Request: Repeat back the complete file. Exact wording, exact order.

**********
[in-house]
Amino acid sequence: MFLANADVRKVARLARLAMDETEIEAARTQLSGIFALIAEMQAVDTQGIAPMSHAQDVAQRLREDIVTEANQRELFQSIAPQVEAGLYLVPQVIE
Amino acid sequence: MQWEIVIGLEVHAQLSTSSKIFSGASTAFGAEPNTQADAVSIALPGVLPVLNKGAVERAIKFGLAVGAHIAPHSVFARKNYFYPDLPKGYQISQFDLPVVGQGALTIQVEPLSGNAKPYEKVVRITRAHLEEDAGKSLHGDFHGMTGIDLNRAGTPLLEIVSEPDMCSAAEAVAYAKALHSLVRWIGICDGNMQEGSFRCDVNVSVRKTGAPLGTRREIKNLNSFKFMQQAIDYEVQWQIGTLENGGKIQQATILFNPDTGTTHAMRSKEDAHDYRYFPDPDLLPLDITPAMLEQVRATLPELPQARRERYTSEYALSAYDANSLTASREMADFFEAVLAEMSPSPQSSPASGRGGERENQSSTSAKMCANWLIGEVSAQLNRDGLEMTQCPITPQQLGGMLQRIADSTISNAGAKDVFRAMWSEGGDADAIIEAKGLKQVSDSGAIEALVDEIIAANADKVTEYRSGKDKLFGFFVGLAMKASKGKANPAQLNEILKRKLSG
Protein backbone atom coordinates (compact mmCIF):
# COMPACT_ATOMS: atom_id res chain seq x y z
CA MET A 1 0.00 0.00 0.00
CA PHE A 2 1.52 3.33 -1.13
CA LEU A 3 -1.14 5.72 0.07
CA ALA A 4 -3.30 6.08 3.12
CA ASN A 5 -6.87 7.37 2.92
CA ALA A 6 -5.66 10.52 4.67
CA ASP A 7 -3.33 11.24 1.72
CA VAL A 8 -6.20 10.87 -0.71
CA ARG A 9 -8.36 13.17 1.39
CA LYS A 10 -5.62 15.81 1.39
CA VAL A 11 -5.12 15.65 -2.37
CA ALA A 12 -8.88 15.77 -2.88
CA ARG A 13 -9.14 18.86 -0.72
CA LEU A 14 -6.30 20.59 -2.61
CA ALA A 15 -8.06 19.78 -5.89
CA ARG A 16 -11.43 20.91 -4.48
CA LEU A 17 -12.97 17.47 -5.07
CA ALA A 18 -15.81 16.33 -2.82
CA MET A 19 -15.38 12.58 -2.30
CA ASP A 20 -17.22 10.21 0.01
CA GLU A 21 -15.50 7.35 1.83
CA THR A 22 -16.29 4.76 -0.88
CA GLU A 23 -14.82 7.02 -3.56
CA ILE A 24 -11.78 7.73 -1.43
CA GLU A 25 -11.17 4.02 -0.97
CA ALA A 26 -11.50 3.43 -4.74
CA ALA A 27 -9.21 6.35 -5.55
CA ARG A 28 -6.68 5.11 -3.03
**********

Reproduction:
[in-house]
Amino acid sequence: MFLANADVRKVARLARLAMDETEIEAARTQLSGIFALIAEMQAVDTQGIAPMSHAQDVAQRLREDIVTEANQRELFQSIAPQVEAGLYLVPQVIE
Amino acid sequence: MQWEIVIGLEVHAQLSTSSKIFSGASTAFGAEPNTQADAVSIALPGVLPVLNKGAVERAIKFGLAVGAHIAPHSVFARKNYFYPDLPKGYQISQFDLPVVGQGALTIQVEPLSGNAKPYEKVVRITRAHLEEDAGKSLHGDFHGMTGIDLNRAGTPLLEIVSEPDMCSAAEAVAYAKALHSLVRWIGICDGNMQEGSFRCDVNVSVRKTGAPLGTRREIKNLNSFKFMQQAIDYEVQWQIGTLENGGKIQQATILFNPDTGTTHAMRSKEDAHDYRYFPDPDLLPLDITPAMLEQVRATLPELPQARRERYTSEYALSAYDANSLTASREMADFFEAVLAEMSPSPQSSPASGRGGERENQSSTSAKMCANWLIGEVSAQLNRDGLEMTQCPITPQQLGGMLQRIADSTISNAGAKDVFRAMWSEGGDADAIIEAKGLKQVSDSGAIEALVDEIIAANADKVTEYRSGKDKLFGFFVGLAMKASKGKANPAQLNEILKRKLSG
Protein backbone atom coordinates (compact mmCIF):
# COMPACT_ATOMS: atom_id res chain seq x y z
CA MET A 1 0.00 0.00 0.00
CA PHE A 2 1.52 3.33 -1.13
CA LEU A 3 -1.14 5.72 0.07
CA ALA A 4 -3.30 6.08 3.12
CA ASN A 5 -6.87 7.37 2.92
CA ALA A 6 -5.66 10.52 4.67
CA ASP A 7 -3.33 11.24 1.72
CA VAL A 8 -6.20 10.87 -0.71
CA ARG A 9 -8.36 13.17 1.39
CA LYS A 10 -5.62 15.81 1.39
CA VAL A 11 -5.12 15.65 -2.37
CA ALA A 12 -8.88 15.77 -2.88
CA ARG A 13 -9.14 18.86 -0.72
CA LEU A 14 -6.30 20.59 -2.61
CA ALA A 15 -8.06 19.78 -5.89
CA ARG A 16 -11.43 20.91 -4.48
CA LEU A 17 -12.97 17.47 -5.07
CA ALA A 18 -15.81 16.33 -2.82
CA MET A 19 -15.38 12.58 -2.30
CA ASP A 20 -17.22 10.21 0.01
CA GLU A 21 -15.50 7.35 1.83
CA THR A 22 -16.29 4.76 -0.88
CA GLU A 23 -14.82 7.02 -3.56
CA ILE A 24 -11.78 7.73 -1.43
CA GLU A 25 -11.17 4.02 -0.97
CA ALA A 26 -11.50 3.43 -4.74
CA ALA A 27 -9.21 6.35 -5.55
CA ARG A 28 -6.68 5.11 -3.03